Rooting Out Rootworm Resistance
Entomologists Aaron Gassmann (left), of Iowa State University, and Tom Sappington, with ARS, observe magnified western corn rootworm larvae to measure the size of their head capsules. Larvae exposed to Bt corn roots may grow more slowly than unexposed larvae, and head capsule width is an accurate indicator of larval growth stage.
The western corn rootworm (WCR) is a highly destructive pest that has required more acres of conventional insecticide use per year than any other pest since it invaded the Midwest in the 1960s. Today, WCR continues to be the most important pest of corn production across the Midwest, in part because it has developed resistance to conventional crop rotation, which was once a highly effective management tactic.
Certain types of Bt corn, which have been genetically engineered to produce a particular insect-specific toxin protein derived from the bacterium Bacillus thuringiensis, are effective in the control of WCR. These products have partially replaced the use of conventional insecticides for WCR control. But laboratory tests strongly suggest that if Bt technology is not managed effectively in the field, WCR will acquire resistance to Bt over time.
Entomologists Bruce Hibbard, in the Plant Genetics Research Unit (PGRU) in Columbia, Missouri, and Tom Sappington, in the Corn Insects and Crop Genetics Research Unit (CICGRU) in Ames, Iowa, together with Blair Siegfried, at the University of Nebraska-Lincoln, and Aaron Gassmann, at Iowa State University, are analyzing the evolution of Bt resistance in WCR to help safeguard this technology for the future.
Some Bt corn lines targeting WCR produce a protein toxin known as “Cry3Bb1.” Hibbard and collaborators recently documented that WCR exposed to these corn lines, at low to moderate doses under greenhouse conditions, developed Bt resistance after just three generations. This result was later validated in a controlled field test.
Several colonies of WCR that are resistant to Cry3Bb1 have now been established and are being used by Sappington’s group to identify genetic markers associated with the resistance. Similar studies are being conducted with Bt-corn lines that produce mCry3A and other Cry proteins.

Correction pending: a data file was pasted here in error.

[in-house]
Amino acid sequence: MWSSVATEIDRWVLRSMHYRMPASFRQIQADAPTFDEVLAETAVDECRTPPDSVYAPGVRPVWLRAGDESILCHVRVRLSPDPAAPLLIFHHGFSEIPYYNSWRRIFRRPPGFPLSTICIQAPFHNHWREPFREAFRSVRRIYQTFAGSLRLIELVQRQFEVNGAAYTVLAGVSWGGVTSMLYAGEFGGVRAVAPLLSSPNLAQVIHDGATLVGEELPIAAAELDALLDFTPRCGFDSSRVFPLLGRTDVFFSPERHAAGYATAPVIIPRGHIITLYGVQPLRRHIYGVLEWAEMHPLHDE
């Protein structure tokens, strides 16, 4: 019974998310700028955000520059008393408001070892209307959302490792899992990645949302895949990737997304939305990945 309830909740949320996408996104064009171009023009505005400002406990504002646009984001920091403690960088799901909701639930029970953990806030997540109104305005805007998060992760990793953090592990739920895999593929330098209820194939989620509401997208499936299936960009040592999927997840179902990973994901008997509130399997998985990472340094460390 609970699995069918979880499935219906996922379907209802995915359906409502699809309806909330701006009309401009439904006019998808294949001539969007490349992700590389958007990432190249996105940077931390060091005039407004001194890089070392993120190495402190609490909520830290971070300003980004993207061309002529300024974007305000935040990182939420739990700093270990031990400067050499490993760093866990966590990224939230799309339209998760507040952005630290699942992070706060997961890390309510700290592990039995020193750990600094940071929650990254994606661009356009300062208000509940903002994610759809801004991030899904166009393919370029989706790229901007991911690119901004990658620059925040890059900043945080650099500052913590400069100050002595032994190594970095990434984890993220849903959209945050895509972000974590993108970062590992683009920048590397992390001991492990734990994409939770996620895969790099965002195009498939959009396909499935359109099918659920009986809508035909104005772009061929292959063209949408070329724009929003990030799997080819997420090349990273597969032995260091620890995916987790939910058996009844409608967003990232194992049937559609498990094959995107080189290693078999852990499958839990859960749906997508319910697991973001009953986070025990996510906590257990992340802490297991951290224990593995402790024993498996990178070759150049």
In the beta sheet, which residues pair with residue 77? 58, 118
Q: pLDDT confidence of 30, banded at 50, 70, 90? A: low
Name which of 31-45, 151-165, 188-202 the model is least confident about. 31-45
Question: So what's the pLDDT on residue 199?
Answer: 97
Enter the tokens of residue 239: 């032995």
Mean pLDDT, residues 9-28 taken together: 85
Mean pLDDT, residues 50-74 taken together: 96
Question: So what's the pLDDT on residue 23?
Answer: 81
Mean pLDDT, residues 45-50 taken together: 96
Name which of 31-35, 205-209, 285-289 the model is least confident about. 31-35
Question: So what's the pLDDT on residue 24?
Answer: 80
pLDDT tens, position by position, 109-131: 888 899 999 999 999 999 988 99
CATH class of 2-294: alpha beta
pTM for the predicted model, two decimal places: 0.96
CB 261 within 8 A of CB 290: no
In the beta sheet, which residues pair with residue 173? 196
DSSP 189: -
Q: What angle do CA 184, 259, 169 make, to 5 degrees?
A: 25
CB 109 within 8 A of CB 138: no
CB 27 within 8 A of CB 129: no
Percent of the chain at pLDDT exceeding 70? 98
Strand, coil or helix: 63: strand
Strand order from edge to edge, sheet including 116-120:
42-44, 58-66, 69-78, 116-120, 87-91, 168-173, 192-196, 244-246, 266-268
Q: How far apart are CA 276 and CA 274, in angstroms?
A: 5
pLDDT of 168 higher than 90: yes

“Development of colonies resistant to distinct Bt products will allow us to evaluate the potential for cross-resistance in WCR,” says Hibbard.
Adult female western corn rootworm, Diabrotica virgifera virgifera, on a corn leaf.
As a strategy to control the evolution of Bt resistance in WCR populations, Hibbard and collaborators are currently testing the concept of using non-Bt plants as insect “refuges.” This method promotes the mating of Bt-resistant insects with Bt-susceptible insects that emerge from refuge plants, which do not produce Bt. In this way, Bt susceptibility is maintained in the WCR population.
In 2006, Hibbard, along with CICGRU and University of Missouri collaborators, documented that without a refuge, WCR populations quickly develop Bt resistance under laboratory conditions. At the university’s Bradford Research and Extension Center, the team evaluated Bt-resistant and Bt-susceptible (control) WCR colonies. Bt corn and non-Bt corn plants were infested with 500 viable rootworm eggs from the resistant or control colonies. The number of Bt-resistant insects recovered from Bt corn was 10 times greater from eggs taken from the Bt-resistant colony than from eggs taken from the control colony. Each colony did equally well on the non-Bt corn.